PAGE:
Some 4 billion people worldwide experience water stress at least one month per year, according to UNICEF. Half of the world’s population could face water scarcity as early as 2025, the agency projects. 

Deaths increasing from lack of WASH services

The United Nations University rang out another alarm bell: 2019 saw increased rates of mortality from the lack of access to water and sanitation services (WASH) in 164 countries compared with 2016 World Health Organization estimates. 

That follows years of mortality reductions from unsafe water and sanitation reported by the World Health Organization due to the gradual improvement of WASH services. 

Even as access to safe drinking water and sanitation have increased over the past decades, some 2 billion people still lack access to clean drinking water. Around 3.6 billion people – or 46% of the world’s population – still lack access to basic sanitation.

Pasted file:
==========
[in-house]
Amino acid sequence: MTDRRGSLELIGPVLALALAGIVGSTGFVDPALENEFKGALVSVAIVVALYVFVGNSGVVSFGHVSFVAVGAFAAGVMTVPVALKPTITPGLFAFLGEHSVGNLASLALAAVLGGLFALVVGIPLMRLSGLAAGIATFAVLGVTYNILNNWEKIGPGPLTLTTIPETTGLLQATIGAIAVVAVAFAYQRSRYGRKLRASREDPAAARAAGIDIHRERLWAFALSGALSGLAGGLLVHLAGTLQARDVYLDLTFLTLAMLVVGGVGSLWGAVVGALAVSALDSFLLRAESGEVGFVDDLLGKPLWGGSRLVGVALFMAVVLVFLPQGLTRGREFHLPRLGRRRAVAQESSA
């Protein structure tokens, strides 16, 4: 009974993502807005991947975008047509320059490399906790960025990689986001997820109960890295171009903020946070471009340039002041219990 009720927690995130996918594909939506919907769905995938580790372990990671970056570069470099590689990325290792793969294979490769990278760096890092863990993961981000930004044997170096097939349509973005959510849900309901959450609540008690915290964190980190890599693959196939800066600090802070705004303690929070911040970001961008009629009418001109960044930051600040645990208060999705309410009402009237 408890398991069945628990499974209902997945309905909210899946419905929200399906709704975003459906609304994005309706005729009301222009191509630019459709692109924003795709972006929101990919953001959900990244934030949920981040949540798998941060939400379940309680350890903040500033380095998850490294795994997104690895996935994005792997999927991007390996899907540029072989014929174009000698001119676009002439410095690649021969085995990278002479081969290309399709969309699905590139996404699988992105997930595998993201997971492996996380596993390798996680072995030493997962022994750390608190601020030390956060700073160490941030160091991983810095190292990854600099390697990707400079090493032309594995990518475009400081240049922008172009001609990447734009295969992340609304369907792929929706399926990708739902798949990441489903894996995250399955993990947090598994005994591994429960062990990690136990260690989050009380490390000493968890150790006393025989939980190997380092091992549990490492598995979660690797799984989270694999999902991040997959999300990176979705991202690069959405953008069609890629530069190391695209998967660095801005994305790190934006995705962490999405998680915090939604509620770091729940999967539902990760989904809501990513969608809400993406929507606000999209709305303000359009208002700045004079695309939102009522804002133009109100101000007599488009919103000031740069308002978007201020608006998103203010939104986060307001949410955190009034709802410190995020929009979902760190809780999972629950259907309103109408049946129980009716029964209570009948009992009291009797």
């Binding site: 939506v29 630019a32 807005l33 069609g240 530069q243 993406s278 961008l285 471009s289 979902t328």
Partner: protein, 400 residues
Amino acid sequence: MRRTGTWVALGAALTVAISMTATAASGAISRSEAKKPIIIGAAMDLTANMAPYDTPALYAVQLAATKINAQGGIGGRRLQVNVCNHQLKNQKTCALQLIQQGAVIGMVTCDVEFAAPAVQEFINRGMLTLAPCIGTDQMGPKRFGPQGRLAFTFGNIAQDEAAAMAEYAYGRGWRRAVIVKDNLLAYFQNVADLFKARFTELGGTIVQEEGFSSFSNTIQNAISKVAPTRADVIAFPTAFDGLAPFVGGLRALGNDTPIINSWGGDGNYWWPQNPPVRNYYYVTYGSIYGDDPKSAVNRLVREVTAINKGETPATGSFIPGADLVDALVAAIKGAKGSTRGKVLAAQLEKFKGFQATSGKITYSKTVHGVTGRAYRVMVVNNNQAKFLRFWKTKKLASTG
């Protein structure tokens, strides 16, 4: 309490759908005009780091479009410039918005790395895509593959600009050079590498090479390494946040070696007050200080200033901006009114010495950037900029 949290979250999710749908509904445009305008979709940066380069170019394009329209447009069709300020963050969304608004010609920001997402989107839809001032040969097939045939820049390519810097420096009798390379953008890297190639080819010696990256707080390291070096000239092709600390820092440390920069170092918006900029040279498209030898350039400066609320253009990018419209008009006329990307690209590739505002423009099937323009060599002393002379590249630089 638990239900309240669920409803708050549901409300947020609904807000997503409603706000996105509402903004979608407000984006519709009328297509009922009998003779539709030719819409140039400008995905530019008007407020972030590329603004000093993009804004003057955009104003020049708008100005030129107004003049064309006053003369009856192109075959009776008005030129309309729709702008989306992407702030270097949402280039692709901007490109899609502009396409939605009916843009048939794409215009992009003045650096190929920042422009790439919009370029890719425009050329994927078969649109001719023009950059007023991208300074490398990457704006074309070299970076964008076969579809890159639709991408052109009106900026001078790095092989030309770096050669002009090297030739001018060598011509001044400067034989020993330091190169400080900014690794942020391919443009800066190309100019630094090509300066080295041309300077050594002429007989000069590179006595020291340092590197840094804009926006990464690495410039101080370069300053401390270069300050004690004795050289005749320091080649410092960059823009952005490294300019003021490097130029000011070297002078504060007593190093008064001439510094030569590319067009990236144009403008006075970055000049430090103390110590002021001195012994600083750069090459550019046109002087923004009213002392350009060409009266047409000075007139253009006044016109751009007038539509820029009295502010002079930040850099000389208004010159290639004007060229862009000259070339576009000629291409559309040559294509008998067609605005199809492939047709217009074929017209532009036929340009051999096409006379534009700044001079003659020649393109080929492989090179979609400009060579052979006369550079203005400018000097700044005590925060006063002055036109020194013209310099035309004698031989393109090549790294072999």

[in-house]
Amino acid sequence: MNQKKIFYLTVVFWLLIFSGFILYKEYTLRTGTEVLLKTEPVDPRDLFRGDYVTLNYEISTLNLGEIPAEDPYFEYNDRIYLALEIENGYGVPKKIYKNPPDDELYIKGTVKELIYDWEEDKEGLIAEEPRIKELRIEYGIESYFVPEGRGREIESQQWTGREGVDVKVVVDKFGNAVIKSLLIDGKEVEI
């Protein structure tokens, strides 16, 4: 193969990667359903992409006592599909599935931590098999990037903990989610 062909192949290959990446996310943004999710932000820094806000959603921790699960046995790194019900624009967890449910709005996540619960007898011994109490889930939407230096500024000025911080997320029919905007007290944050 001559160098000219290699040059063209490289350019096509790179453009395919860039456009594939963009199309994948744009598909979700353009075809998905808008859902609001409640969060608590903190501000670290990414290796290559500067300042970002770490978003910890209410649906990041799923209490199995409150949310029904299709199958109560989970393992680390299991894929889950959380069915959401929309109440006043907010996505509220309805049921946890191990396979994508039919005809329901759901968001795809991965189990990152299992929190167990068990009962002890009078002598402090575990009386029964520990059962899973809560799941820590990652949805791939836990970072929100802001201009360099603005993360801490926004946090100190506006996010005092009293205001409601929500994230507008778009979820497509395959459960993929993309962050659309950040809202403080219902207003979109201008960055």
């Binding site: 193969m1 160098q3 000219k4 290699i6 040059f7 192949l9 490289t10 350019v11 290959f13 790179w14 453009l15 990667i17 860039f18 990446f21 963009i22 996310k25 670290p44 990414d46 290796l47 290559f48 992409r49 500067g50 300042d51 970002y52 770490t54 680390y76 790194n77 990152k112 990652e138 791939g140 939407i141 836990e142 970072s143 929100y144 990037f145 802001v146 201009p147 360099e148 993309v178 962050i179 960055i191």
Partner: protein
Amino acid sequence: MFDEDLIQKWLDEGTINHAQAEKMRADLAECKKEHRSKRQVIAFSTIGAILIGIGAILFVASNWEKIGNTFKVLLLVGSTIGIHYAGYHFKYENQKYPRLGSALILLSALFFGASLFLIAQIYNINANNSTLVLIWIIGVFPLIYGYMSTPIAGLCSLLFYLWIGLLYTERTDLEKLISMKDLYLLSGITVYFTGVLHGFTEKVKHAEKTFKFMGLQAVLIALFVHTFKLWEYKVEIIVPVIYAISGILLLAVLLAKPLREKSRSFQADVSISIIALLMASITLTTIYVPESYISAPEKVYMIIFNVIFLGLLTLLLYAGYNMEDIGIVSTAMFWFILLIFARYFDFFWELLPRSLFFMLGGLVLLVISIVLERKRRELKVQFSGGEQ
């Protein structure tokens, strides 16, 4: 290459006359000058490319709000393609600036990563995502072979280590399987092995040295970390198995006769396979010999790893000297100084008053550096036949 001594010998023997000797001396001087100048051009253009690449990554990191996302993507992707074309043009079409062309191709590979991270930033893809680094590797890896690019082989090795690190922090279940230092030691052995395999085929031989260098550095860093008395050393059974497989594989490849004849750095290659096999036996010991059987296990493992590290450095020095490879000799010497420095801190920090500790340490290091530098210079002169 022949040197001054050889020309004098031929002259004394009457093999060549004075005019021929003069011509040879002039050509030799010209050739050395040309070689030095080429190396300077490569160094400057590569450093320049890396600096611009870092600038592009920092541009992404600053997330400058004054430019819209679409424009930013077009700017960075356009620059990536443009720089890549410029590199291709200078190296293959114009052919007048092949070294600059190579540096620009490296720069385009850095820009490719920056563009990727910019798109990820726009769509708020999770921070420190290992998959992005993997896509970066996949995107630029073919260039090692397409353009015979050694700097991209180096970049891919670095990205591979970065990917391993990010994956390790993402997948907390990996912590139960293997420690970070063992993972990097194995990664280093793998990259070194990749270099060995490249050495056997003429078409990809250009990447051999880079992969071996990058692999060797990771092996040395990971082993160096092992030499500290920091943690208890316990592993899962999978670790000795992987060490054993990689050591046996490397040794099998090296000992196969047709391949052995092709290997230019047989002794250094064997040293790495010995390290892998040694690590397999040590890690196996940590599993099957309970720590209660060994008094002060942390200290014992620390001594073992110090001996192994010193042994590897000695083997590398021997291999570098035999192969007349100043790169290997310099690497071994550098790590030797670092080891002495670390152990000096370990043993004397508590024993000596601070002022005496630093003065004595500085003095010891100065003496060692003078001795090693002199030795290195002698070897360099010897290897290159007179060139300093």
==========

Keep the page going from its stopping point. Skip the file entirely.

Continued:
Unsafe water and sanitation continue to cause over a million deaths from infectious diseases annually – far surpassing the 50,000 killed globally by natural disasters, the UNU report estimated.

“Far more people die from lack of access to water then die from lesser climate disasters,” said Dr Charlotte MacAlister, a senior researcher at the UNU, told the Associated Press. “I’m not saying that people aren’t dying, but far more people are dying from lack of safe water, safely managed water, and safely managed sanitation.”

The world is also far off-track to meet the SDG goal of universal access to safe drinking water and sanitation, the 2023 Global Water Security Assessment said.